White's introduction to the neighborhood, a gated community that was spared from the blazes that ravaged nearby areas last fall, sounds like a sitcom pilot waiting to happen. "The neighbors," White says, "were like, 'We were watching you and wondering when the parents were going to show up.' " He continues with a smile, "And the parents never showed up."
So White took the opportunity to launch a two-pronged Welcome Me attack. First, he walloped the neighbors at ping-pong. When an older Indian couple invited him over, the wife, White says, made an "authentic dish" while White dismantled her husband on his own table. Then he took down a family of five, one by one, eventually skunking the father in the finale. "You know the rule that if you get a 7–0 lead, that's the game?" White asks. "That's what happened."
Part two: He wrapped his (first) Lamborghini around a tree. His replacement pearl-white one is parked on a spotless lacquered garage floor. "Oh man," White says, recalling the accident, "I was coming around the corner feeling like, Okay, I'm going pretty fast. And it just put me sideways, and all I saw was night and black smoke. My neighbor came out. I'd never met him before and I was like, 'Hiiiii!' " Here, in telling this story, White again goes from zany to upstanding citizen almost as fast as his Lambo found the tree. "I just didn't respect the speed," he says matter-of-factly. "So I did the responsible thing and went to driving school."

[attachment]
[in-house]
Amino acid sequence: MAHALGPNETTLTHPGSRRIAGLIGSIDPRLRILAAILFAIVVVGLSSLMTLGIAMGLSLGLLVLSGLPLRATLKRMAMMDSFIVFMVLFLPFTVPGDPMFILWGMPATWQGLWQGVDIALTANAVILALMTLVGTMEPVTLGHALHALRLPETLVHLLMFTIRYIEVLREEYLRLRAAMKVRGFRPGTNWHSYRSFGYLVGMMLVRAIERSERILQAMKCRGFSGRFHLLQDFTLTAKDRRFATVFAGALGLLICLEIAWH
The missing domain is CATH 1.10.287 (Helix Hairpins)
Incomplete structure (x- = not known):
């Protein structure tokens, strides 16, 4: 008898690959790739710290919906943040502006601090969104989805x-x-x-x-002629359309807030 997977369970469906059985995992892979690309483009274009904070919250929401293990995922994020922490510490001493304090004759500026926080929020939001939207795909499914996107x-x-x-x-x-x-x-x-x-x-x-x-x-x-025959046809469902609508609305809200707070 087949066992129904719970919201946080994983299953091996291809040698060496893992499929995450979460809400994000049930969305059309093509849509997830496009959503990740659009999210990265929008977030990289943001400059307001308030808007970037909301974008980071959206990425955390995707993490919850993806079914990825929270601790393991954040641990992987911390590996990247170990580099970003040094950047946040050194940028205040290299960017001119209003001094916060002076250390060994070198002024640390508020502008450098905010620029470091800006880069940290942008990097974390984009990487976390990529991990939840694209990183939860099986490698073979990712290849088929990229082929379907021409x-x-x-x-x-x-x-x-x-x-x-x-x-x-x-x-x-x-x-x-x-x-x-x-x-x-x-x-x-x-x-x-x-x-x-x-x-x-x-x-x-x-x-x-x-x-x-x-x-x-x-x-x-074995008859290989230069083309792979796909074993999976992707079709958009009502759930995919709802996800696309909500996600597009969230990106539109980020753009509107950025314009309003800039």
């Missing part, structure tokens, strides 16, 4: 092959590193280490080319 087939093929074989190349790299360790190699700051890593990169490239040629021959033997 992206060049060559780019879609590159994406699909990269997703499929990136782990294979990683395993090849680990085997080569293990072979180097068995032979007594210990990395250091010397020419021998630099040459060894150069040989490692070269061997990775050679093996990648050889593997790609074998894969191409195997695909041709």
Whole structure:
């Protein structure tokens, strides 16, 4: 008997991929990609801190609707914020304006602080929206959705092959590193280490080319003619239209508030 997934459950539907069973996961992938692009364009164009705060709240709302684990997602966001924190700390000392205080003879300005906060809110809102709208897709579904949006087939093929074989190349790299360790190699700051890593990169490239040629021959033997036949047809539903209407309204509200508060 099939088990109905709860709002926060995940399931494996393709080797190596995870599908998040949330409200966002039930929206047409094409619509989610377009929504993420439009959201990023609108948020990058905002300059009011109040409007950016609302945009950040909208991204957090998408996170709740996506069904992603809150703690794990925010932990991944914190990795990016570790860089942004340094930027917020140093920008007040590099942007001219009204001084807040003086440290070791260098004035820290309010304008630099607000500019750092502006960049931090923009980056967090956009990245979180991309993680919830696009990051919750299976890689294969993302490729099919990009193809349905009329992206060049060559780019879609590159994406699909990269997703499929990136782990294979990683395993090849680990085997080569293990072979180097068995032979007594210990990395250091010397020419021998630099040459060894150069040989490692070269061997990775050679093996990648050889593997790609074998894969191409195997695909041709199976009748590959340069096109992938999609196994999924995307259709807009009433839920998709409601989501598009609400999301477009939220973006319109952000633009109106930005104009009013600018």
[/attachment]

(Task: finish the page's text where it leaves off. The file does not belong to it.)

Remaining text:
The point of stories like this seems to be for him to demonstrate that he's grown-up. He sounds relieved to have turned 21, to leave the wunderkind status behind. As we play ping-pong in his living room, volleying lazily, he spills all the gory (read: G-rated) details of his coming-of-age Vegas party – the most sordid of which are that he basically donated all his money to the house at the Palms and a friend threw a steak at his leopard-skin pants – before his competitive side emerges and he annihilates me.
That's something that hasn't softened as he's matured – his competitive drive – and lately he's been on a monumental run. In which sport, you ask? The best answer might be juggling. Last summer, while his pro snowboarding peers readied themselves for the winter circuit with powder-chasing trips to New Zealand, White squeezed his training in around a full skateboarding season, a season in which his performance finally started catching up with his potential. He claimed X Games gold and Dew Tour Cup honors in his specialty, vert (as in vertical) skating. "He's killing it," says no less than Tony Hawk, the skate legend.